What’s the status for the Swedish furniture and design industry in these days?

— Both difficult and not, depending on the pandemic. We see the new trend with people investing more in their home decor when working from and spending more time at home. The needs have changed which obviously creates new opportunities. If you are an interior design company selling to private consumers, your last year has probably been a good one, or even very good. For contract brands, there have been problems. All the fairs have been closed during the last year, and for an export-depending company — which most of the companies in our industry are — it’s been a tough year. You need to reach your clients, says Ingridsdotter.

— This vulnerability has made, or even forced, companies to change faster, to rethink, and to revalue. And, what we can see in our installation is that they are positive to support each other and their industry. They come together, show their products side by side, without any logos, and without any walls that separate them. This is a unique event. What a statement. I’m proud of our interior design industry.

The exhibition is open, with restrictions, at Stockholms Auktionsverk until Saturday, and also available through a virtual tour online here

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Massproductions lets DJ Axel Boman explore the ”sound” of new BAM! sofa

Towards the end of last year, Massproductions sent a prototype of their new sofa to Axel’s studio. His assignment was to freely interpret the sofa into an audio production.

— All of a sudden there stood a cool, bright green BAM! sofa in the studio, which was anything but conservative and I let that inspire my process. Now we do something fun and new, I thought! I wanted to challenge myself, take a few extra steps in a new direction and I knew I had the confidence to do this, says Boman.

He describes the song BAM! (Massproductions Dub), released today, as a balance between rhythmic and abstract elements.

— The music plays with your expectations and is both beautiful and chaotic. A techno producer trying to make jazz? Live drums meet sequencers and synths with lots of dub effects, a tribute to all the music I love! I have listened a lot to krautrock, reggae, and jazz as well as electronic music all my life, and I think it can be heard in the music? Boman concludes.

In connection with Stockholm Design Week, kicking off today, Massproductions presents the new sofa BAM!, designed by the company’s co-founder and Designer-in-Chief Chris Martin.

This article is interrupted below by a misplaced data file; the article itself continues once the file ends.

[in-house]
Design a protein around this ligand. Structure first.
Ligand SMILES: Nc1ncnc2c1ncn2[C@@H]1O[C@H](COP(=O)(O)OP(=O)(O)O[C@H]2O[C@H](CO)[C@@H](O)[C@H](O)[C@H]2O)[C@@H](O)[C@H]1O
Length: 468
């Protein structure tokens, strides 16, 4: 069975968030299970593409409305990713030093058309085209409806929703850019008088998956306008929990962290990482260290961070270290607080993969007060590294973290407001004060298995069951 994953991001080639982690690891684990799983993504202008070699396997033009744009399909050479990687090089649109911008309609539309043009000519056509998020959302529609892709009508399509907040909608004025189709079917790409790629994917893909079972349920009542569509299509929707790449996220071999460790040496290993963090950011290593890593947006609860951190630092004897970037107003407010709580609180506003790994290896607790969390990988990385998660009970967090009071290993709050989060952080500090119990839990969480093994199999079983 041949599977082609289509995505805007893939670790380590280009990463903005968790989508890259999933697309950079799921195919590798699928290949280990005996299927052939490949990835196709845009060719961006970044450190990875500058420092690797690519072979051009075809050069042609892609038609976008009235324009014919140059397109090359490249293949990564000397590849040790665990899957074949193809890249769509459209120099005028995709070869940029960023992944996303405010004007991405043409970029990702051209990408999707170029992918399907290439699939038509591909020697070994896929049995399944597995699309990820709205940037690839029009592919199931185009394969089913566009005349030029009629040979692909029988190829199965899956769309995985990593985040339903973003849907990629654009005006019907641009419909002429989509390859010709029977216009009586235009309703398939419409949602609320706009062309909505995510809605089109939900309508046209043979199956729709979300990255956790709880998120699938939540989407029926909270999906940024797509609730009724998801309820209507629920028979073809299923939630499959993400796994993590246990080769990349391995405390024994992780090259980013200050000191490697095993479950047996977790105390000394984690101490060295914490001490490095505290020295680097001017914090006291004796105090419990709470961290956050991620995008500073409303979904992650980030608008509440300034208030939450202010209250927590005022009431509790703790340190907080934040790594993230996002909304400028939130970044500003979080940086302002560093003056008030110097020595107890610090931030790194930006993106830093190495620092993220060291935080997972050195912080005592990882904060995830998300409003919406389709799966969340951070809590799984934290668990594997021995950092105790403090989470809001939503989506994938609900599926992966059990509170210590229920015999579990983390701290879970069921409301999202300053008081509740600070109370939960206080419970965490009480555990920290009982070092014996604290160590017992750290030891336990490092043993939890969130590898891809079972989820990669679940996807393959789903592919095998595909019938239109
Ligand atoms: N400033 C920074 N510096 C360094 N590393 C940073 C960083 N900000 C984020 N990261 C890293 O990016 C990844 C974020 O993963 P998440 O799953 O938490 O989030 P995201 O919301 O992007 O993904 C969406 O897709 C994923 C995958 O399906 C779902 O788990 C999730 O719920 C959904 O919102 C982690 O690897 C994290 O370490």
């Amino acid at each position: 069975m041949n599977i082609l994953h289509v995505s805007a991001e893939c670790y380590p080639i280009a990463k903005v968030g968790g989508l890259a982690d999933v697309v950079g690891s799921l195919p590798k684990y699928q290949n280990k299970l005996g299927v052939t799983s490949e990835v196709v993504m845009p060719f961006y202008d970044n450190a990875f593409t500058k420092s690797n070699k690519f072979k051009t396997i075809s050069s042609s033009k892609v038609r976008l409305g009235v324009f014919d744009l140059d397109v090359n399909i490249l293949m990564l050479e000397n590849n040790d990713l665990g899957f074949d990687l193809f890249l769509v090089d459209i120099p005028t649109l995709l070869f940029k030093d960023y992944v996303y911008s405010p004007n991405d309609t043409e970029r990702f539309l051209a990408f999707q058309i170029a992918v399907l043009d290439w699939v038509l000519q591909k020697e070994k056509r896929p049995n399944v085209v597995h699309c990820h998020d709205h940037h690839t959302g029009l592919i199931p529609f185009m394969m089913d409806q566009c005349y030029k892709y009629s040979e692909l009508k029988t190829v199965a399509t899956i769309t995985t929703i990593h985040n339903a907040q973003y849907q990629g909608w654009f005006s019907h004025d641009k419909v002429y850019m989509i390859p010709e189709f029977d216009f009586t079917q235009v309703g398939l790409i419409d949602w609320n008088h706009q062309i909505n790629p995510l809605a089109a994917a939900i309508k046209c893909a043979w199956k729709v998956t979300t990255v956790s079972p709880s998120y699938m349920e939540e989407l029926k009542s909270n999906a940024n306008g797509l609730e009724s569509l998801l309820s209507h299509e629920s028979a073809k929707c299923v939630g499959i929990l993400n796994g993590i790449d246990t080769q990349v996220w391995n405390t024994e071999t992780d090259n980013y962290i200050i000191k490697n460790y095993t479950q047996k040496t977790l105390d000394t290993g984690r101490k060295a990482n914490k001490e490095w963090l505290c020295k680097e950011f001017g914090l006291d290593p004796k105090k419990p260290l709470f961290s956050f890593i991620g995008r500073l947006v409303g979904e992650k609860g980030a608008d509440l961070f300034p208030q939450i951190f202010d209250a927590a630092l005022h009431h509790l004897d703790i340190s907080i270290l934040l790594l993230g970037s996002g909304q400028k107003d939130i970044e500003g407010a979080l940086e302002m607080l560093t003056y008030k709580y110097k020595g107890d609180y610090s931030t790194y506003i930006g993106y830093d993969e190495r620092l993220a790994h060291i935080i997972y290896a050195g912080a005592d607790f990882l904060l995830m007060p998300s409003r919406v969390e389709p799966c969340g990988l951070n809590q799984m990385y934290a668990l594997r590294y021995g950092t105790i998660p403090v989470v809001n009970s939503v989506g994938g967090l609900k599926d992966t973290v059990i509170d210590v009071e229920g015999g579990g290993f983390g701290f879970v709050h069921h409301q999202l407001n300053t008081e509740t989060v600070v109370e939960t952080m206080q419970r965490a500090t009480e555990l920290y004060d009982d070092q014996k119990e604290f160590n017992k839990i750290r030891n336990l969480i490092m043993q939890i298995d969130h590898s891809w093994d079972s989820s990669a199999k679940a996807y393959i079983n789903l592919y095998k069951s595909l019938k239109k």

— Are there certain sounds associated with furniture? Our new sofa BAM! has clear pop art references and a kind of instant look with its block-like form, tells Magnus Elebäck, CEO. BAM! is also a loud noise, a sudden effect. In our tradition of inviting exciting Swedish music creators to meet the furniture world during Stockholm Design Week, we have now taken it one step further by asking Axel Boman to create music from an actual piece of furniture. Kind of.

— BAM! is like a blank canvas that welcomes involvement by its user. Axel is a friend and he liked the sofa, it just seemed natural to collaborate and launch it together with a piece of his music. Axel has no trouble producing great music, but he did take the opportunity to bring in a jazz drummer for this piece and I know he is really pleased with the result. We tried to interpret the sofa into a piece of music, which seems like a strange thing to do but since BAM! is a noise and it has a pop-art feel, it does make sense in a way. The result is quite a fast and exciting track that we are pressing in vinyl, I have the honour of providing my spoken voice on the B side, with a calm musing on the nature of design, tells Chris Martin.

The design of the sofa is reduced to its basic geometry with two block-shaped volumes creating a seat and back. Except for the mentioned influences from pop art culture, and as the name suggests, it leaves the spectator with a sudden and distinct first impression.

— BAM! started with the idea to reduce a sofa to two basic forms, a seat and a back, tells Chris Martin. I made them as simple as I could, without any design, only a good layering of frame and materials to make comfortable surfaces which could be covered easily in a variety of fabric options. It made sense visually to keep the legs in the same language. I’ve gone off armrests recently, instead just preferring the freedom of not having them. BAM! is just there to support you and your cushions! The design packs flat with simple assembly by the customer so there are a lot of benefits in that.

Do you have any other launches coming?

— I’ve been trying to perfect a wall hook for about two years now, I think I may have done it. First samples are arriving at the end of March and I’m looking forward to revealing that one this year.